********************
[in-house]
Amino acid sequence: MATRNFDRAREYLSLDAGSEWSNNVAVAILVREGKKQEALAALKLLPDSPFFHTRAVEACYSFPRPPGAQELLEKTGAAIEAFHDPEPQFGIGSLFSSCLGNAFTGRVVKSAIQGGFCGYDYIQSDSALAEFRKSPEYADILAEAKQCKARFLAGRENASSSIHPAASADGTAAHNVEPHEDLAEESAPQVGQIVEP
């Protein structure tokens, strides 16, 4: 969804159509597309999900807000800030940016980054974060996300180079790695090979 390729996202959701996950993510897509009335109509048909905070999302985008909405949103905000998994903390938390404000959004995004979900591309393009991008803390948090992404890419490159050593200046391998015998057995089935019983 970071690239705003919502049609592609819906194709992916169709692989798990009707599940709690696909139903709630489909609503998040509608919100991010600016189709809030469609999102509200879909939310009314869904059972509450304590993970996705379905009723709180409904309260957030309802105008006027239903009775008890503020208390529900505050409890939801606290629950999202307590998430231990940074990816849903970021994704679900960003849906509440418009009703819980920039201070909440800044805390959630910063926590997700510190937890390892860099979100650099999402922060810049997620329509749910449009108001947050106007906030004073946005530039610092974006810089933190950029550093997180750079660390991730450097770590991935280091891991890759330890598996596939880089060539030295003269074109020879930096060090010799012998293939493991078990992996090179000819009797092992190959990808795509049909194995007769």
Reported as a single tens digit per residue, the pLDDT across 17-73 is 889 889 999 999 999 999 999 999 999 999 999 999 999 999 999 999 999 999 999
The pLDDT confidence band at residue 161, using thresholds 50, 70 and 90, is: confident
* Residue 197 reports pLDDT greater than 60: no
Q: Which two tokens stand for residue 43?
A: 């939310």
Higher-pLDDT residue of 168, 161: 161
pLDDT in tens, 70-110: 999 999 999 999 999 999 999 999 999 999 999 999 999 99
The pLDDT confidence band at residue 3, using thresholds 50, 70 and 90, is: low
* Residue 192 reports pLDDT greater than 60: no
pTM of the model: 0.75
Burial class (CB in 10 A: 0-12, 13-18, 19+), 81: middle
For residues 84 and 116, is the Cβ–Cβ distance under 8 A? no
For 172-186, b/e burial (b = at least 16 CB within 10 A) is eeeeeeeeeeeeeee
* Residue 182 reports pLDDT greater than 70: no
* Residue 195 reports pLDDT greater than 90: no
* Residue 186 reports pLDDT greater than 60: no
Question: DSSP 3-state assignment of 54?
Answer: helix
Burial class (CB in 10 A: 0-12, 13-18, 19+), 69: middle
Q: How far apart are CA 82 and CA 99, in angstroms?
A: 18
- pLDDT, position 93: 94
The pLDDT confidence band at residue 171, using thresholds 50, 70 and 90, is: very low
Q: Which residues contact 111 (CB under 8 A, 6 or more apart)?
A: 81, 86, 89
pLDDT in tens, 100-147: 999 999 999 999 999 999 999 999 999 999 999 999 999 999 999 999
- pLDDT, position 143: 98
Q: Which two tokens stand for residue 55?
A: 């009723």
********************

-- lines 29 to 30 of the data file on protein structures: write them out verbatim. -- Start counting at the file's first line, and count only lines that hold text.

pLDDT in tens, 100-147: 999 999 999 999 999 999 999 999 999 999 999 999 999 999 999 999
- pLDDT, position 143: 98